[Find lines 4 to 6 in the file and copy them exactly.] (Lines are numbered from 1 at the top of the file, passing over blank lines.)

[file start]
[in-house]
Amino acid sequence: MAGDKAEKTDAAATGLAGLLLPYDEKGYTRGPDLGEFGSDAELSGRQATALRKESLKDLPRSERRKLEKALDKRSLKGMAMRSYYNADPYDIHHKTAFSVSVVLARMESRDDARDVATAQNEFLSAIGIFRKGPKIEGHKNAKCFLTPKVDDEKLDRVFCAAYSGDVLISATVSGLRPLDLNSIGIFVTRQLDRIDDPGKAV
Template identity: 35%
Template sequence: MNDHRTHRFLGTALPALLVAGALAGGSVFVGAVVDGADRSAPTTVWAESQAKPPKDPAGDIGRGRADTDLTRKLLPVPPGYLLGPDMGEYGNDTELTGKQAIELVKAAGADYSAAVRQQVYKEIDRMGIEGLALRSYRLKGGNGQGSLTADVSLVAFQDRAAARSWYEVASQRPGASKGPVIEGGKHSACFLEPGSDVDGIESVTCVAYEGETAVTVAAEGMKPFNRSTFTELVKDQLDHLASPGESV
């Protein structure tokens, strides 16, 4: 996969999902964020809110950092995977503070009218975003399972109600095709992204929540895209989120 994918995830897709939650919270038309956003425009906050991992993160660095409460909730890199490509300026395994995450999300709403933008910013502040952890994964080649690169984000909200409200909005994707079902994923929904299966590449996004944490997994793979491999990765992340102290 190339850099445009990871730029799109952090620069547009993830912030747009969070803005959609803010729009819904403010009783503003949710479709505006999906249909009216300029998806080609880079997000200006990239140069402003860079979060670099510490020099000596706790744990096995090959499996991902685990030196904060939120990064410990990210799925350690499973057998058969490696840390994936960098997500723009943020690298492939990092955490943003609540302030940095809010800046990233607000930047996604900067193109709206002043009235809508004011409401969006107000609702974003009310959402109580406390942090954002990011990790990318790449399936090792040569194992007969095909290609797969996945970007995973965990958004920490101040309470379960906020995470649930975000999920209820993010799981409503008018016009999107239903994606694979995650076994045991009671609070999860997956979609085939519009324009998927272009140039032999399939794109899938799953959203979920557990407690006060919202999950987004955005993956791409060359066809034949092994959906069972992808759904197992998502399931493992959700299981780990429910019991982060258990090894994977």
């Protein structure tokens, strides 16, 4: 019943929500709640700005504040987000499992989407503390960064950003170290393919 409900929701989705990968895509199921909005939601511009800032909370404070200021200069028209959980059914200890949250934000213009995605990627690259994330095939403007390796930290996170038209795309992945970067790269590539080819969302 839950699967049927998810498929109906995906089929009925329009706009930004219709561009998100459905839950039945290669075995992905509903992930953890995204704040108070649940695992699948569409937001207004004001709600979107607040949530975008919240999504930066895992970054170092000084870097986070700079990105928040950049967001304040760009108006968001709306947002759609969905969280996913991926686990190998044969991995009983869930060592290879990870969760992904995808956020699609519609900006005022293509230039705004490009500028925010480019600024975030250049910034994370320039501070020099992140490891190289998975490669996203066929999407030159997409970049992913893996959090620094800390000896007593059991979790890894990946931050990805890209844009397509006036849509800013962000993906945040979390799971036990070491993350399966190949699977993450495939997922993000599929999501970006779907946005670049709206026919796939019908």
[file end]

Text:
Template sequence: MNDHRTHRFLGTALPALLVAGALAGGSVFVGAVVDGADRSAPTTVWAESQAKPPKDPAGDIGRGRADTDLTRKLLPVPPGYLLGPDMGEYGNDTELTGKQAIELVKAAGADYSAAVRQQVYKEIDRMGIEGLALRSYRLKGGNGQGSLTADVSLVAFQDRAAARSWYEVASQRPGASKGPVIEGGKHSACFLEPGSDVDGIESVTCVAYEGETAVTVAAEGMKPFNRSTFTELVKDQLDHLASPGESV
């Protein structure tokens, strides 16, 4: 996969999902964020809110950092995977503070009218975003399972109600095709992204929540895209989120 994918995830897709939650919270038309956003425009906050991992993160660095409460909730890199490509300026395994995450999300709403933008910013502040952890994964080649690169984000909200409200909005994707079902994923929904299966590449996004944490997994793979491999990765992340102290 190339850099445009990871730029799109952090620069547009993830912030747009969070803005959609803010729009819904403010009783503003949710479709505006999906249909009216300029998806080609880079997000200006990239140069402003860079979060670099510490020099000596706790744990096995090959499996991902685990030196904060939120990064410990990210799925350690499973057998058969490696840390994936960098997500723009943020690298492939990092955490943003609540302030940095809010800046990233607000930047996604900067193109709206002043009235809508004011409401969006107000609702974003009310959402109580406390942090954002990011990790990318790449399936090792040569194992007969095909290609797969996945970007995973965990958004920490101040309470379960906020995470649930975000999920209820993010799981409503008018016009999107239903994606694979995650076994045991009671609070999860997956979609085939519009324009998927272009140039032999399939794109899938799953959203979920557990407690006060919202999950987004955005993956791409060359066809034949092994959906069972992808759904197992998502399931493992959700299981780990429910019991982060258990090894994977």
């Protein structure tokens, strides 16, 4: 019943929500709640700005504040987000499992989407503390960064950003170290393919 409900929701989705990968895509199921909005939601511009800032909370404070200021200069028209959980059914200890949250934000213009995605990627690259994330095939403007390796930290996170038209795309992945970067790269590539080819969302 839950699967049927998810498929109906995906089929009925329009706009930004219709561009998100459905839950039945290669075995992905509903992930953890995204704040108070649940695992699948569409937001207004004001709600979107607040949530975008919240999504930066895992970054170092000084870097986070700079990105928040950049967001304040760009108006968001709306947002759609969905969280996913991926686990190998044969991995009983869930060592290879990870969760992904995808956020699609519609900006005022293509230039705004490009500028925010480019600024975030250049910034994370320039501070020099992140490891190289998975490669996203066929999407030159997409970049992913893996959090620094800390000896007593059991979790890894990946931050990805890209844009397509006036849509800013962000993906945040979390799971036990070491993350399966190949699977993450495939997922993000599929999501970006779907946005670049709206026919796939019908």